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I've received an email from "[email protected]". Is it legitimate? How can I tell?

I won't quote the whole thing, but in short it's asking for feedback for a new feature:

.. We’re testing a new feature and we'd love to hear what you think of it...

It includes a sign up for chat "button" with a link that starts with https://itr-links.stackoverflow.email... and is 359 characters long.

edit:

Someone marked this question as a duplicate to What email domains are known to be used by Stack Exchange?.
Why I don't think it's a duplicate:

  1. My question is older so if they are duplicates, the other question should be closed against this one, rather than the other way around.
  2. I was asking specifically if a concrete email address is legitimate, while the other question asks a general question about used domains.
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  • 4
    Domain seems legit - that's one of the email domains they use as far as I remember Jun 22, 2023 at 9:17
  • Legit but might be a bug in the sender address, all the emails I get are from [email protected] so that people won't reply. Jun 22, 2023 at 10:12
  • 3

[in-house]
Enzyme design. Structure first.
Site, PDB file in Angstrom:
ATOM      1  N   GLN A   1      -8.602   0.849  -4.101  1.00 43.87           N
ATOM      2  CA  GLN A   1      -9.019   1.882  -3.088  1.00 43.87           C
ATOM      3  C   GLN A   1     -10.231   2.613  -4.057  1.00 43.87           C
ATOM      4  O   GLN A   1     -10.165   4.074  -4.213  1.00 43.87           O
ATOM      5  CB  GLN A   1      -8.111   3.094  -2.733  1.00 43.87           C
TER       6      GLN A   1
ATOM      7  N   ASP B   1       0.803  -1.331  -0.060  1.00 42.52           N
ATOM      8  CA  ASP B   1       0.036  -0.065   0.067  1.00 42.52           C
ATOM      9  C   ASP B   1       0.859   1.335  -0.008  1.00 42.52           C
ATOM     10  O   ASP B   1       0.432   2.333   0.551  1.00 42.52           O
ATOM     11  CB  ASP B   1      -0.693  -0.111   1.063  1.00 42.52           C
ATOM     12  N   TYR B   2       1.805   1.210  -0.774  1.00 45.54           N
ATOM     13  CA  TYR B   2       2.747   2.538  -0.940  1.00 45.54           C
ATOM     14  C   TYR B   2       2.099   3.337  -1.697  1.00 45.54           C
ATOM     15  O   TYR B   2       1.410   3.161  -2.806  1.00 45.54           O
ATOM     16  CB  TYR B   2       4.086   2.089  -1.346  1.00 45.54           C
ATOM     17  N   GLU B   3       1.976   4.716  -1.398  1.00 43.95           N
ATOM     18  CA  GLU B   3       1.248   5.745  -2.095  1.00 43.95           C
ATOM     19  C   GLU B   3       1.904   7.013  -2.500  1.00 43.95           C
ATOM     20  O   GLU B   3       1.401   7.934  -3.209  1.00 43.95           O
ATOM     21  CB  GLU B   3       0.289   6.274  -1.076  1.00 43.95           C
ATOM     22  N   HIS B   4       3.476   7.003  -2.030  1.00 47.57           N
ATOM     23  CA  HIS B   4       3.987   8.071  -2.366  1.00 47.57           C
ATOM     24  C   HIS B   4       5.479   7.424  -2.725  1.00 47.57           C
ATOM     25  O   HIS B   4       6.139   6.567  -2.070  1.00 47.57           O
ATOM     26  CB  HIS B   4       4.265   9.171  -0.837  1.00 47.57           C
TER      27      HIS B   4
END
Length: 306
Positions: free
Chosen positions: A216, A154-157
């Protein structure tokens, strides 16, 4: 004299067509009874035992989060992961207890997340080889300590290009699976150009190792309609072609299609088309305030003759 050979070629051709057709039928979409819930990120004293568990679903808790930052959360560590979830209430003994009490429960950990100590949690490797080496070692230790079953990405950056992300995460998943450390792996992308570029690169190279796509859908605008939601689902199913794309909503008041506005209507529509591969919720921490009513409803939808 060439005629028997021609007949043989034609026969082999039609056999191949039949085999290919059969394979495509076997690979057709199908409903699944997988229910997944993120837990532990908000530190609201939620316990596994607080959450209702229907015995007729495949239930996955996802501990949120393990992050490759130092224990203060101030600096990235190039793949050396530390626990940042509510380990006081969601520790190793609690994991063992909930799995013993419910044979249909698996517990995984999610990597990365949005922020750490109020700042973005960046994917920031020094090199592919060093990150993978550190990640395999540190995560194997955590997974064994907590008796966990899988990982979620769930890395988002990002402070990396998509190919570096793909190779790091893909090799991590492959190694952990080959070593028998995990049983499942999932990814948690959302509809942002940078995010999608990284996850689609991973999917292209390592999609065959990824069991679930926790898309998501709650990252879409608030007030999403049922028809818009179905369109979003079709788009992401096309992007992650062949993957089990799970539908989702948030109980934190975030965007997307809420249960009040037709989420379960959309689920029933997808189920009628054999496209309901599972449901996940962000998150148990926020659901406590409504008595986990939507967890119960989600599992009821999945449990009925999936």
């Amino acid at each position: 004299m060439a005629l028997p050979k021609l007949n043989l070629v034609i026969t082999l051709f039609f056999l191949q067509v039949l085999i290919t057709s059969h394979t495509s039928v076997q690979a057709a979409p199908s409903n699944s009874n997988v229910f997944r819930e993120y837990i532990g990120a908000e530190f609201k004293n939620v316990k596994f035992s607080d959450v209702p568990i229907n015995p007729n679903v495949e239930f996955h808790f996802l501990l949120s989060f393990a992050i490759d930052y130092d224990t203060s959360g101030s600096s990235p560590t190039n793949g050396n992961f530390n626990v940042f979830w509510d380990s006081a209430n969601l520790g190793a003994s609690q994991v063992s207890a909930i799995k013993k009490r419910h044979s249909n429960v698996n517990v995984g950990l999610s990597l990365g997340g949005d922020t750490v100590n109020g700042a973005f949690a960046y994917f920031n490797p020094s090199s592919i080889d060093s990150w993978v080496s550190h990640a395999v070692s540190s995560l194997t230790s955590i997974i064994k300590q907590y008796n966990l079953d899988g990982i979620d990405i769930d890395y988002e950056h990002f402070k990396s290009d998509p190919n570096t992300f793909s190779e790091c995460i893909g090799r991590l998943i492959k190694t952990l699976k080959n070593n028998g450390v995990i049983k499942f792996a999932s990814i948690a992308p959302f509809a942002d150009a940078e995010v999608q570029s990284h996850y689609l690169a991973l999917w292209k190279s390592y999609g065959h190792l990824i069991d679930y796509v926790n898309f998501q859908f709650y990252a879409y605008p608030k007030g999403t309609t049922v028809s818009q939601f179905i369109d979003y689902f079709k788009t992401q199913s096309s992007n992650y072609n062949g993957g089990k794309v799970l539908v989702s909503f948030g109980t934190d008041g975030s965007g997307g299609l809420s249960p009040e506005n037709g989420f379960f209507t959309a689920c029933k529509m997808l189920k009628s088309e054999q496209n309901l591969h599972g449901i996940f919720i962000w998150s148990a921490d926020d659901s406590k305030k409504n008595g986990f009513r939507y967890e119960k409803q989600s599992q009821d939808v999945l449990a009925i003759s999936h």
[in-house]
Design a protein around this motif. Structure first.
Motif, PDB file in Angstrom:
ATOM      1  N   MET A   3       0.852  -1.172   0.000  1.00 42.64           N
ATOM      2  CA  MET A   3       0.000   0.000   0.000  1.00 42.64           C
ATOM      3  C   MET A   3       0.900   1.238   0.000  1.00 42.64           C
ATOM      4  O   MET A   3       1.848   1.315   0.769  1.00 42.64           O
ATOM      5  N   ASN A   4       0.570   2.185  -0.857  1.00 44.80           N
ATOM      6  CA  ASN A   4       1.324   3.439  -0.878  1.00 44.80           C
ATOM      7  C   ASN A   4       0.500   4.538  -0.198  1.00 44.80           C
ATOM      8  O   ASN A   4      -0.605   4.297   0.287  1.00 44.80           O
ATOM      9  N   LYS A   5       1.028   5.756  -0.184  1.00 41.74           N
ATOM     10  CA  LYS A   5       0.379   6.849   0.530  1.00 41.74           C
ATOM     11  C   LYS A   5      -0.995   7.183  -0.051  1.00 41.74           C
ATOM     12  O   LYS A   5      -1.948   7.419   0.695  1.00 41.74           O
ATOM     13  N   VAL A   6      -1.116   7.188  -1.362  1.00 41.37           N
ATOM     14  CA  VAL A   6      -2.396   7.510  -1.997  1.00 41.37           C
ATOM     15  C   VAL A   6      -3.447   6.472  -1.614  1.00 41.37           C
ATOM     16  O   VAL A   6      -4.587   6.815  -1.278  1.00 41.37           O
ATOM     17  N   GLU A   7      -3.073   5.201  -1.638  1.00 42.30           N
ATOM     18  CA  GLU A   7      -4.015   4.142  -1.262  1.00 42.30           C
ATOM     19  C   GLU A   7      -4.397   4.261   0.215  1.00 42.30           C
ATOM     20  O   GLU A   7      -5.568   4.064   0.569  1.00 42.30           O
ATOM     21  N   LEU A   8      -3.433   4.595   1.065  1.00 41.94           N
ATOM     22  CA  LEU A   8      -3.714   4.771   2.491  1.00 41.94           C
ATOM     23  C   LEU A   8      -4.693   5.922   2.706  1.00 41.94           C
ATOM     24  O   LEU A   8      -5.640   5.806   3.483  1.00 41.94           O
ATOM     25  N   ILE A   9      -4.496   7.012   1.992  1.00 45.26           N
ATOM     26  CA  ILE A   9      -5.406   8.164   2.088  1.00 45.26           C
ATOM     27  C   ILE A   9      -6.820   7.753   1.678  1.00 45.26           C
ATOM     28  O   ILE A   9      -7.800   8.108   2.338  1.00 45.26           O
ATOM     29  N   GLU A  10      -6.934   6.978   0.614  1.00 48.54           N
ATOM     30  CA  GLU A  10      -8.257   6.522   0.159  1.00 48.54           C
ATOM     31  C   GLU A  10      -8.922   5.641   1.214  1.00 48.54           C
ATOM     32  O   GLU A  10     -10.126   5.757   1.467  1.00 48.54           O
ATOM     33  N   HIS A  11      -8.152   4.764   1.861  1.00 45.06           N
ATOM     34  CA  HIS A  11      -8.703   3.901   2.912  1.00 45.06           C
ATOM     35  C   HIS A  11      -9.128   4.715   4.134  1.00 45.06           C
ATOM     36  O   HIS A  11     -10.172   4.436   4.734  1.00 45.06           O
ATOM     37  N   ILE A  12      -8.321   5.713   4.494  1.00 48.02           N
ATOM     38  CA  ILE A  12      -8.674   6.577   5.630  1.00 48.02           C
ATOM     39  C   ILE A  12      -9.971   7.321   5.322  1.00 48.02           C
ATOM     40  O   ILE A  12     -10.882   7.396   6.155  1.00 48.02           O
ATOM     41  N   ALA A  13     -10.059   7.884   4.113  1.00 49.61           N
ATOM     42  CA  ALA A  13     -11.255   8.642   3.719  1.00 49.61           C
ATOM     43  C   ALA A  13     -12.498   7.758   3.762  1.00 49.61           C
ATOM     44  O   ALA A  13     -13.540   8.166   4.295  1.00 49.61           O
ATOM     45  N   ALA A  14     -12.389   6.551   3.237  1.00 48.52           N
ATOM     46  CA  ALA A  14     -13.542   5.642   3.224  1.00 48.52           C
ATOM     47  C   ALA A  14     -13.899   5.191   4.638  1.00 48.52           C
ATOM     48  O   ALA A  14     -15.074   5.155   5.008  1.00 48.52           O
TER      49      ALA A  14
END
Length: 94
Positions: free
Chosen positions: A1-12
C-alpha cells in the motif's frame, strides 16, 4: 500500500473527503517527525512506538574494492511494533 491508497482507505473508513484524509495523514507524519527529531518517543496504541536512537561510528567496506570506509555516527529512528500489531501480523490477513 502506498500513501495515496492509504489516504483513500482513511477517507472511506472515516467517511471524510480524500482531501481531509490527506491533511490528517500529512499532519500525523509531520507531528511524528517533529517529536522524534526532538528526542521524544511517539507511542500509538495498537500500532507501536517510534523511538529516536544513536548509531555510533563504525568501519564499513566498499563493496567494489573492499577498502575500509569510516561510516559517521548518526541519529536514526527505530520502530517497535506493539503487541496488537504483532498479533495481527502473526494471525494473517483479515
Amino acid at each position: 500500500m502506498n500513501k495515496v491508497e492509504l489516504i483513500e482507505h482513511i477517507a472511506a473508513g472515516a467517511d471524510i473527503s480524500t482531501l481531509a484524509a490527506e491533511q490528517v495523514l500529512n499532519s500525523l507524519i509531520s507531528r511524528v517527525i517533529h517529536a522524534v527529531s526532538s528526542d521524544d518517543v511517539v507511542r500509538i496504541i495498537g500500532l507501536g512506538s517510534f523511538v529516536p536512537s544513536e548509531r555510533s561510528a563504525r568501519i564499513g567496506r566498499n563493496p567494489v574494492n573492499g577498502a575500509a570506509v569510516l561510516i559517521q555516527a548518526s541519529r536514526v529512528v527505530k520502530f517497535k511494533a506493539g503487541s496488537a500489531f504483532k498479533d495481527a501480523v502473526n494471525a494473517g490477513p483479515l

To stop getting those emails, go to your email settings and uncheck "Research" items. Jun 22, 2023 at 10:13
  • 4
    @ShadowWizardStrikesBack It's not bout opting out as much as about legitimacy
    – Greenmarty
    Jun 22, 2023 at 11:30
  • 4
    the domain is indeed owned by Stack Overflow (and what they use for sending emails). If DKIM validation passes, it's sent by Stack Overflow. Also, the fact there's a subdomain is no cause for concern. It's sent using sendgrid and that's how clicks are tracked
    – g3rv4
    Jun 22, 2023 at 12:30
  • @g3rv4 yes, they must have a way to gather the data to generate those nice graphs and presentations, e.g. "5421 users reached the Survey by clicking link in email". Jun 22, 2023 at 13:20
  • 9
    @Greenmarty The email in question was from me, I'm a UX Researcher at Stack Overflow. We use a tool called Iterable to help us keep track of requests for participation in research studies. The "sign up to chat" would take you to a Calendly link to schedule a session!
    – Emma Bee Staff
    Jun 22, 2023 at 13:21
  • @EmmaBee question is whether Greenmarty asked to get such emails or not. Jun 22, 2023 at 13:22
  • 5
    Oh, I see where I went wrong. The emails are definitely legitimate. If Greenmarty wants to stop receiving them, they can simply adjust their email settings. Thanks for pointing that out.
    – Emma Bee Staff
    Jun 22, 2023 at 13:51
  • 22
    @EmmaBee I know this isn't your fault and is really industry standard - my employer does the same thing - but as a field y'all really have to figure out how to make less spammy legitimate emails. Emails with links feeding through trackers etc look exactly like illegitimate spam. Sender address is not sufficient validation because it's easily spoofed or routed through compromised accounts. Legit links should always go through friendly domains and/or have an alternative mechanism for access, like an inbox you get to through your normal login. Jun 22, 2023 at 15:11